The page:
About neuroscience and music (mainly classical). Exploring the relationship of music and the brain based on experience of two careers.

October 6, 2012


Even before we started our first week of August, low-level background noise--at the post office, on the street, at the Timbers--swelled into a resounding crescendo: “How can you expect anyone to come to 17 concerts in one month?” I attended less than half of them, only partly because our accelerating board meetings--to address this very problem--took place on concert nights. On other occasions I had to host musicians rehearsing for performance the next night. Not to mention the cost of so many tickets at once. Even if you are a chamber-music nut, two concerts on one weekend is a challenge.
Doris Lederer, Anna Polonsky, and Jim Campbell
Needless to say, we are re-visiting our schedule for next summer. 

Our first 10 years of success (1976-1985) were enviable enough so that others jumped onto the Gretna bandwagon to offer their favorite music. But as Alban Berg admonished a young George Gershwin, “Music is music.” We now share our audience with a lot of different kinds of it every summer. And unlike New York’s Chautauqua Institution, we don’t have thousands of people living on campus to populate several events going on at once.

Our recent strategy had been to balance popular performers--Vienna Boys Choir, Canadian Brass, Capitol Steps--against less celebrated but equally superb artists known to a smaller circle of cognoscenti. We came to learn that when we present blockbusters to make a profit, and pay an artist fee that in some cases approaches the cost of a BMW (that most Americans would no doubt choose instead), just one miscalculation (or thunderstorm) can sink us. The cognoscenti and others, by the way, were rewarded elaborately by the inexpensive superstars who played for an exquisite Audubon farewell concert on Labor Day weekend, including the three pictured above.

Incidentally, ‘classical’ music is really not the 'permanent collection' locked in a dusty canon for centuries, but a vibrant, exciting, and growing art attracting a surge of young players and composers around the globe, from Shanghai to Caracas to Kinshasa. (In case you haven’t noticed.) Unlike a painting by Rembrandt, also timeless but impossible to update, a Beethoven string quartet can be played in myriad ways, different for each generation and performance. But in our country one generation has been deprived of music in school and will never hear, or want to hear, a string quartet by Beethoven, Mozart, Haydn. Although audiences distilled from millions in metropolitan regions like Los Angeles or New York show up in concert halls regularly, the economics of filling seats in the Playhouse in central Pennsylvania are increasingly perilous. Potential audience members may be unaware of most of Beethoven’s 55 piano sonatas and string quartets and may never have heard one of Bach’s 212 cantatas or any of Haydn’s 108 symphonies. Or even know that modern Beethovens live among us. Musicians know and have played all these works for centuries for good reasons.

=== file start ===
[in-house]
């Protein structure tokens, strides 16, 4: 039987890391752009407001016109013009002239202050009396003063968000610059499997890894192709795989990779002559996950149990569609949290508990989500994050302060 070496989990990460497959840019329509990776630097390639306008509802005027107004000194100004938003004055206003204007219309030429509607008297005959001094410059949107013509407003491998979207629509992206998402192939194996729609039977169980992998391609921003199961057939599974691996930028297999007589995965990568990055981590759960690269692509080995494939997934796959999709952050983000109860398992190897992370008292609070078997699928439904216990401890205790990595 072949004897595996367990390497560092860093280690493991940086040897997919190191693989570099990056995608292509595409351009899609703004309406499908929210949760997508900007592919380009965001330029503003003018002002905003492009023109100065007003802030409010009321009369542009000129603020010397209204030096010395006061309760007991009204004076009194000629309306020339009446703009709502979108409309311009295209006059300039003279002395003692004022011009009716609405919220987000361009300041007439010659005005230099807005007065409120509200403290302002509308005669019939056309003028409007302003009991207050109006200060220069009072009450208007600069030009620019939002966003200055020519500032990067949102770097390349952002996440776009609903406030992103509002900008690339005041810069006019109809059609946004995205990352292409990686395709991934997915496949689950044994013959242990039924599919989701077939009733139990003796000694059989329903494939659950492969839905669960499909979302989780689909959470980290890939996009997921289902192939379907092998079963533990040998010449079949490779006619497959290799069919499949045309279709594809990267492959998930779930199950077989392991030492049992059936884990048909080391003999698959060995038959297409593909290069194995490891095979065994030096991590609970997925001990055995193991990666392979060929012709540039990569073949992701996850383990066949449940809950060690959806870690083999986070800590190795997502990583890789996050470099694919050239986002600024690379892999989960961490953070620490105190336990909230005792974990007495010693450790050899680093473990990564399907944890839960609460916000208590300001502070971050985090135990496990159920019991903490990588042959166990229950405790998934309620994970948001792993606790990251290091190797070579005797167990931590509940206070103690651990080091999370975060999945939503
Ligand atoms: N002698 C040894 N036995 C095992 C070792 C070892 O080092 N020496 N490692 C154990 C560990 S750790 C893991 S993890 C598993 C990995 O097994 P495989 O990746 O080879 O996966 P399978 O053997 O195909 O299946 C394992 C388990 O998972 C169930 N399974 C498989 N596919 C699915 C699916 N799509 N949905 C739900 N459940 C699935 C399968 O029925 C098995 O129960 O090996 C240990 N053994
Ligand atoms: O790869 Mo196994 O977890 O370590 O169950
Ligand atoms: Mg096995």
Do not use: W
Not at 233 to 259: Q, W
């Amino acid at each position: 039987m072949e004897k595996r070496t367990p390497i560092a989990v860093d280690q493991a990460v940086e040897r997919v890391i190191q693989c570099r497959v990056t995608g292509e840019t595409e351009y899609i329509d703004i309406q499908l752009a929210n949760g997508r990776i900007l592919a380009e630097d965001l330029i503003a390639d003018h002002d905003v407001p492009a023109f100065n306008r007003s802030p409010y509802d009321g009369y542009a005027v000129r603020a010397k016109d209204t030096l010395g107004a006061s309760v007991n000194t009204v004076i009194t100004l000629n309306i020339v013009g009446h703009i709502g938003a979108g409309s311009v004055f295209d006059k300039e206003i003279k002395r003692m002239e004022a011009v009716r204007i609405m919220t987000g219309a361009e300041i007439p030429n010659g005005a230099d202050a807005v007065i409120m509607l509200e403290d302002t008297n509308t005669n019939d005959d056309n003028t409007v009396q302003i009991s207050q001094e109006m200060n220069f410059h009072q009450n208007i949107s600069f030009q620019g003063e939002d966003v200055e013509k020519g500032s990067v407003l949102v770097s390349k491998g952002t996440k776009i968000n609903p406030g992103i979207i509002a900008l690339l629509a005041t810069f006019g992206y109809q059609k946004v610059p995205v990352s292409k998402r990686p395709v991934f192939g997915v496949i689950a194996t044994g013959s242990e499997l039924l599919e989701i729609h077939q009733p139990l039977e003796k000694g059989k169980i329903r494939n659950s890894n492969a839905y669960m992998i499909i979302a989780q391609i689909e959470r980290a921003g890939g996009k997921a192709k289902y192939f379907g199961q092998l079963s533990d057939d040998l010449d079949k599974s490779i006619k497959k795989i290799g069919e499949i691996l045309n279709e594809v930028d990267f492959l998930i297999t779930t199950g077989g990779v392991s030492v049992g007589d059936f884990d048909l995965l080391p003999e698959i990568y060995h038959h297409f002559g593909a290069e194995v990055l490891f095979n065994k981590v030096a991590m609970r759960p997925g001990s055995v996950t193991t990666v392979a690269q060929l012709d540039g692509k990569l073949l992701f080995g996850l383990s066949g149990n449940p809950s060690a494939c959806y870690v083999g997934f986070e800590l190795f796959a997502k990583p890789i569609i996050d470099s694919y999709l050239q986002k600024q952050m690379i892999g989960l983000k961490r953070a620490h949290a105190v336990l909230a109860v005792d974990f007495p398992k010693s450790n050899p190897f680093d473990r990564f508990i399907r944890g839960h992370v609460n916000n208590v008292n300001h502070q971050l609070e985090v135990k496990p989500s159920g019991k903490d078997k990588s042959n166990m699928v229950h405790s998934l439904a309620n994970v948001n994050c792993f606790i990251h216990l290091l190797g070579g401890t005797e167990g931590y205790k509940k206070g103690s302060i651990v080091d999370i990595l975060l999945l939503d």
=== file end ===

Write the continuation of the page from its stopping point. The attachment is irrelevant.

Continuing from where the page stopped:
So we asked ourselves and our friends, “Are there enough people ‘around here’ who still value the music that has nourished religions and cultures through the Renaissance, Reformation, and Enlightenment and two World Wars, for 800 years?” Or has the time come to settle for other kinds of ‘arts and entertainment?’ 

A resounding “No!” came fast, loud and clear from our usual suspects, especially those on our board, in all the ways they could have expressed it. 
The answer from the Gretna community has not yet been clearly audible. 

Call me an old fossil, but I have believed, with the eloquent Paul Paulnack of Boston Conservatory, that “music is a basic need of human survival... one of the ways we make sense of our lives, one of the ways in which we express feelings when we have no words, a way for us to understand things with our hearts when we cannot with our minds.”  Hollow words, I suppose, to someone who hears human-generated sounds during every hour awake--but hasn’t listened much. 

We would be interested in hearing from you, having read this far. Respond to this post if you have an opinion.

Programs of our substantial winter season at Elizabethtown College and in Millersville’s Ware Center in Lancaster will appear here soon.

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